The HPV Vaccination: A Lifesaving Tool

According to the Center for Disease Control and Prevention (CDC), the human papillomavirus, better known as HPV, is the most common sexually transmitted infection in the country. The CDC believes nearly 79 million Americans—predominantly individuals in their late teens and early 20s—are infected. Less aggressive types of HPV cause warts, and the most aggressive types of HPV can cause cancers of the cervix, vagina, vulva, penis, anus and oropharynx (tongue and tonsils).

Cervical cancer is the most common cancer caused by HPV in women and approximately 14 different types of HPV can lead to a diagnosis. “The relationship [between HPV and cervical cancer] was recognized several decades ago, and since the development of a vaccine in the last decade, there has been a heightened awareness within the medical community about the need to address HPV and get more children vaccinated in order to prevent long-term health issues,” says Rebecca Perkins, MD, MSc, a gynecologist at Boston Medical Center and cervical cancer prevention researcher.

The HPV vaccine, FDA-approved in 2006, is currently recommended for all boys and girls at ages 11 and 12. The vaccine is given as a two-dose series for younger adolescents, and as a three-dose series for adolescents who receive their first shot at 15 or older, or those who have weakened immune systems. The vaccine series can be started as young as age nine, and can be administered to men as old as 21, women as old as 26, and 26 years old for men at high risk of HPV infection. “The vaccination has the ability to stop six different types of cancer,” states Perkins. “The benefit is tremendous, even beyond cervical cancer.”

“We all recognize we are in a very exciting place in that we now have the tools available with vaccination for adolescents and improved screening tests for women to essentially eliminate cervical cancer.” — Rebecca Perkins, MD, MSc

The currently available nine-valent vaccine is designed to prevent 85 percent of cervical cancers, and the majority of other HPV-related cancers. Since nobody wants cancer, the HPV vaccination would seem like a “no brainer,” but convincing families vaccinating is critical for their children’s long-term health and well-being has come with its challenges. Initial concerns about the safety of a new vaccine designed to protect against a sexually transmitted infection led to low vaccination rates at first.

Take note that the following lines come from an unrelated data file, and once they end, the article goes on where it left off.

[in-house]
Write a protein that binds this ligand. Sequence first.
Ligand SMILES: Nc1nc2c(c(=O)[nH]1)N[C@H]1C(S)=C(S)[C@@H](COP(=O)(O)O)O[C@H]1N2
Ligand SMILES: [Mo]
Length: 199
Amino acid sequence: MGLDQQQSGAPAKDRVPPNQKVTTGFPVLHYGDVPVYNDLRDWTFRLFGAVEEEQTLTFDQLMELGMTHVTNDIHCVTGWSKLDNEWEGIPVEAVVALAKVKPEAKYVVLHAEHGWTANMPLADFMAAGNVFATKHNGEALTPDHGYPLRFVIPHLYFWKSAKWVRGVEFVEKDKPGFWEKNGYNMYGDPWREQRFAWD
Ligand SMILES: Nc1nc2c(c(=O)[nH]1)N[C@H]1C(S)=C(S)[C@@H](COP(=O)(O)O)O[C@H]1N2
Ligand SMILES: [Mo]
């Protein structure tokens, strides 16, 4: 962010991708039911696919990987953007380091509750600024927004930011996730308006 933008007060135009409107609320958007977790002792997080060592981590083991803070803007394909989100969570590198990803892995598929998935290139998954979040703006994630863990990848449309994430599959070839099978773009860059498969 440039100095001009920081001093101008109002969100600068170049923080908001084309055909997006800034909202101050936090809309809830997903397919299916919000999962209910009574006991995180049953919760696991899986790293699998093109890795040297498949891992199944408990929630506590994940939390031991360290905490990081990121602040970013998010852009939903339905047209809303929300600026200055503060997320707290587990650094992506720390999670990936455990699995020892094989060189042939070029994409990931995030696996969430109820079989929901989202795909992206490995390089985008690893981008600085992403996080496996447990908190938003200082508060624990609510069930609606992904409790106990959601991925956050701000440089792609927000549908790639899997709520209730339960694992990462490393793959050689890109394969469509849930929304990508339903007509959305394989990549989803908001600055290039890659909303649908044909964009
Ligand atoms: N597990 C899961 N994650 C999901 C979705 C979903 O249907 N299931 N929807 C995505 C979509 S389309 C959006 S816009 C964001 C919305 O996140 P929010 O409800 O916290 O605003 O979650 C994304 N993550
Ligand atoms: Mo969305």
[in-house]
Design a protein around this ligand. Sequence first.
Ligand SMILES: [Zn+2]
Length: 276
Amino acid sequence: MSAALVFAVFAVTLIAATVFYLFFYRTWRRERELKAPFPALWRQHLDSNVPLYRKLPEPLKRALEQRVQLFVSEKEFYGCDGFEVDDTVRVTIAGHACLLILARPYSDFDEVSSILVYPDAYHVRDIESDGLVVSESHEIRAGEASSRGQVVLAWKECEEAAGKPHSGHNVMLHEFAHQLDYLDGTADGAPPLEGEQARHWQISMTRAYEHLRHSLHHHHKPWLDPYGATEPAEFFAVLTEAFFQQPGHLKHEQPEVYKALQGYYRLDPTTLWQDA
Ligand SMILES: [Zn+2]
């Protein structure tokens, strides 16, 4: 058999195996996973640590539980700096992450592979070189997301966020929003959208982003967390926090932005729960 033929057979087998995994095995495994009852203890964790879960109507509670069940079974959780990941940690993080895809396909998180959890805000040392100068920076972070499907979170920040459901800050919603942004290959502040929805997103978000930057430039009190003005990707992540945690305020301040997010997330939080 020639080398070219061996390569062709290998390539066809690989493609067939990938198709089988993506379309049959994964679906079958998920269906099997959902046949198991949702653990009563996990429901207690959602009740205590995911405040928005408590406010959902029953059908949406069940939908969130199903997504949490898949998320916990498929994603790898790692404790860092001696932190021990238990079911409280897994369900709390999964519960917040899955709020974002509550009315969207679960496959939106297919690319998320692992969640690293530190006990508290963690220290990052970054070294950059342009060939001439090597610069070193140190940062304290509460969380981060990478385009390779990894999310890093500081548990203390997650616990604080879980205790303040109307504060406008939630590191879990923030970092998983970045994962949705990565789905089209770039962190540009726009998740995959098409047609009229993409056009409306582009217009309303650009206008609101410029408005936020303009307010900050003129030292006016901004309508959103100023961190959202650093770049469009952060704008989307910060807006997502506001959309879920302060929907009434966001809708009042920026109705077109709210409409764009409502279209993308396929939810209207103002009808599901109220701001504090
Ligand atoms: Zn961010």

Now, a decade after HPV vaccination became available in the United States, vaccination is finally the new normal, with more than 60 percent of adolescents starting the series in 2016 according to national data. “There were definitely more concerns in the past which have diminished a bit, for both the patients’ families and their providers,” says Perkins. “We now have great, long-term data that the vaccine is safe, it works to prevent serious diseases, and the immunity does not seem to wear off. Parents and providers are motivated to get kids protected early.”

Perkins recognized the importance of promoting vaccinations within clinics, and launched a program within several BMC health centers to improve vaccination rates. The initiative, called DOSE-HPV, focuses on providers and health systems. “We developed a program to help providers within the clinic systems do a better job at encouraging HPV vaccination within the CDC-recommended age group,” explains Perkins. “We designed DOSE-HPV to help busy providers improve care for their patients while fulfilling time-consuming administrative requirements needed to maintain their board certification credentials.”

“The credits are a motivation for providers to participate in the program,” continues Perkins. “But then they become excited about being able to do something pretty easy that can protect their patients from cancer in the future. We’ve seen many clinics continue to do additional work after the program is done to continue to improve their vaccination rates.”

Education and training are key factors to the success of the program. DOSE-HPV also provides feedback to providers on their vaccination rates in order to ensure vaccination is top of mind and that they are properly communicating the importance of vaccination to parents. Since its inception, the program has expanded to other partnering clinics, as well as Boston Medical Center proper. “Participating providers understand the reward of program is twofold—it benefits patients and helps providers reach ongoing mandatory certification,” concludes Perkins. “We all recognize we are in a very exciting place in that we now have the tools available with vaccination for adolescents and improved screening tests for women to essentially eliminate cervical cancer.”